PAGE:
DAVID WRIGHT: Waiting For the Soundtrack (1991-2016)
“Waiting for the Soundtrack is another blend of styles where David Wright excels at the art of touching our inner feelings”
1 Islands 6:01 2 Emerald Eyes 5:24 3 Shadowlands 5:45 4 Lovelight 4:09 5 Cloudless Flight 8:13 6 Desert Storm 5:50 7 Lady in the Night 4:41 8 Rainwalker 4:41 9 Always 4:40 10 Run for the Sun 7:27 11 Waiting for the Soundtrack 12:05 ADMusic – AD173CD
(CD/DDL 68:15) (V.F.) (England School and New Age)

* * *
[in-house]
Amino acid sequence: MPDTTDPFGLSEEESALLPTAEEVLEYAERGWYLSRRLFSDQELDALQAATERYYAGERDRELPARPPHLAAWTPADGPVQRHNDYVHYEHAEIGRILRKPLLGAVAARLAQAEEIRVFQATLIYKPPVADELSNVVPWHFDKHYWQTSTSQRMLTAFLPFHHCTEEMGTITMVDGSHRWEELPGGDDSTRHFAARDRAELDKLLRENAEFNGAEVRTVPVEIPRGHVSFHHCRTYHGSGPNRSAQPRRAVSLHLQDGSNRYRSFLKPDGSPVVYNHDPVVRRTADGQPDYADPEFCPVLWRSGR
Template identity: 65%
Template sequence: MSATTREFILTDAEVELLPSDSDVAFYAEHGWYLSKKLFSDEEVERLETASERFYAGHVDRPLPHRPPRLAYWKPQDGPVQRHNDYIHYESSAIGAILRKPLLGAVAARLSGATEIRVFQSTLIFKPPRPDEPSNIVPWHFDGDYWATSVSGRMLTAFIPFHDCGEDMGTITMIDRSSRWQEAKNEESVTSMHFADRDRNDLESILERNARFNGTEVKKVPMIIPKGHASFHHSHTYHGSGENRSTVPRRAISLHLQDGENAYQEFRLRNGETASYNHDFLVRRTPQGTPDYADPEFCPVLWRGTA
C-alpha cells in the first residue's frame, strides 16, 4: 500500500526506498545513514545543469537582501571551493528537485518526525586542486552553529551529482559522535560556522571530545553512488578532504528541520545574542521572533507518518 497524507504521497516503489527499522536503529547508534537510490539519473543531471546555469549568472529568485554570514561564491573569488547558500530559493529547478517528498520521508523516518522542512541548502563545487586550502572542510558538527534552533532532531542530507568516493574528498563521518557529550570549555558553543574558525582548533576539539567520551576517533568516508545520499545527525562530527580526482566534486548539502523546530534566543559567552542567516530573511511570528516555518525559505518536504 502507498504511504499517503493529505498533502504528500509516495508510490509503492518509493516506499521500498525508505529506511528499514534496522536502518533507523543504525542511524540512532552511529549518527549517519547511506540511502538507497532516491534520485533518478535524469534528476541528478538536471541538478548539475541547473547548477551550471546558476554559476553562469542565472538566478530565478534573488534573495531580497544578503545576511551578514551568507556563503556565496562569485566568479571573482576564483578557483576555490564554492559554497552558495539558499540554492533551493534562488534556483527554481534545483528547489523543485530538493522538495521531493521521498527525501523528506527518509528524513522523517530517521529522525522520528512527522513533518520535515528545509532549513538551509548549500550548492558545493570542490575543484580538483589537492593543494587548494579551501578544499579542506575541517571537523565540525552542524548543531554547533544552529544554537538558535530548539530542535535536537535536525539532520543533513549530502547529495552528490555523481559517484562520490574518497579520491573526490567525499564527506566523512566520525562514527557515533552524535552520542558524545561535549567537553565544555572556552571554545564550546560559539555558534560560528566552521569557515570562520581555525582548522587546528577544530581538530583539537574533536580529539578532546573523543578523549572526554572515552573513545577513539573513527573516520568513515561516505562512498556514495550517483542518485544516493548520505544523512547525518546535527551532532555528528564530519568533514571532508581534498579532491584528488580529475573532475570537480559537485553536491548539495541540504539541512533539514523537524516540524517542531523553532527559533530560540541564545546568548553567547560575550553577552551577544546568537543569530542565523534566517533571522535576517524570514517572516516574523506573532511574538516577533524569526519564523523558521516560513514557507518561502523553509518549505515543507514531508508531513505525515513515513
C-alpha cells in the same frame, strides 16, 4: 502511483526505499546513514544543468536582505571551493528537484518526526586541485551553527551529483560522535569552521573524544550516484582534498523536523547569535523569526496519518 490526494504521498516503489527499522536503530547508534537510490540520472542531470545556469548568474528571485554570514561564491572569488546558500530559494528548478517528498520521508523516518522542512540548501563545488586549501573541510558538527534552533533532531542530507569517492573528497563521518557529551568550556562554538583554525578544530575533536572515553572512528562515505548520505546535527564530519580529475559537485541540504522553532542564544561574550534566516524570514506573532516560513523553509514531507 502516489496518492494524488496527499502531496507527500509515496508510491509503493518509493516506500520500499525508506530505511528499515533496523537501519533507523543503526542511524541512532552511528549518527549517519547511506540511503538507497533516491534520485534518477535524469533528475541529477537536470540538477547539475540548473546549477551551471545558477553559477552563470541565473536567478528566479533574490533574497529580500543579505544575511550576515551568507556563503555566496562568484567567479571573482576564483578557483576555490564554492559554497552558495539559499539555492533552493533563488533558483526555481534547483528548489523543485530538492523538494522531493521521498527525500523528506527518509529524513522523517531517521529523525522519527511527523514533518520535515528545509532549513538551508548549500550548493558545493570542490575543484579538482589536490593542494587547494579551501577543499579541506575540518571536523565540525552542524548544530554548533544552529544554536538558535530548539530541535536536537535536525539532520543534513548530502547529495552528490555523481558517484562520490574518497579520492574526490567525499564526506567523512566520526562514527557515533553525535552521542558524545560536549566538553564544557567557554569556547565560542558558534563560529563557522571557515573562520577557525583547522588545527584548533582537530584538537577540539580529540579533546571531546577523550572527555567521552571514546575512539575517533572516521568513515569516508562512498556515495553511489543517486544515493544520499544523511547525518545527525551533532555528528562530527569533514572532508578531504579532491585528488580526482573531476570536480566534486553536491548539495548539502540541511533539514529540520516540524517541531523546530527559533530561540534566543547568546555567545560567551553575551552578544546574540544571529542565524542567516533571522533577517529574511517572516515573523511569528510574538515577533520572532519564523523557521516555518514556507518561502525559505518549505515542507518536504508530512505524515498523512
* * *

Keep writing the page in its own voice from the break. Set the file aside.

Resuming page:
David Wright's third album, WAITING FOR SOUNDTRACKS celebrates its 15 years by being the 5th album of the English musician to be remixed and to remasterised for the needs of Spotify and of iTunes, as well as for other streaming platforms. Following the bases of Romancing the Moon, David Wright offered in 1991 another album where the diversity in the genres was very underlined. An album very appreciated by the critics with another skillful mixture of heavy and lento electronic rock, in the lineage of England School, which is filled of good melodies where the New Age harmonies a la Vangelis stay anchored easily to our eardrums, and of ambient moods as meditative as cinematographic with arrangements which peck at the ropes of our sensibility. And like the first 2 reworked versions of David Wright's catalog, this album preserves this little MIDI sound. An element which gives to it these flavors that Tangerine Dream presented between the years of Le Parc and Tyger.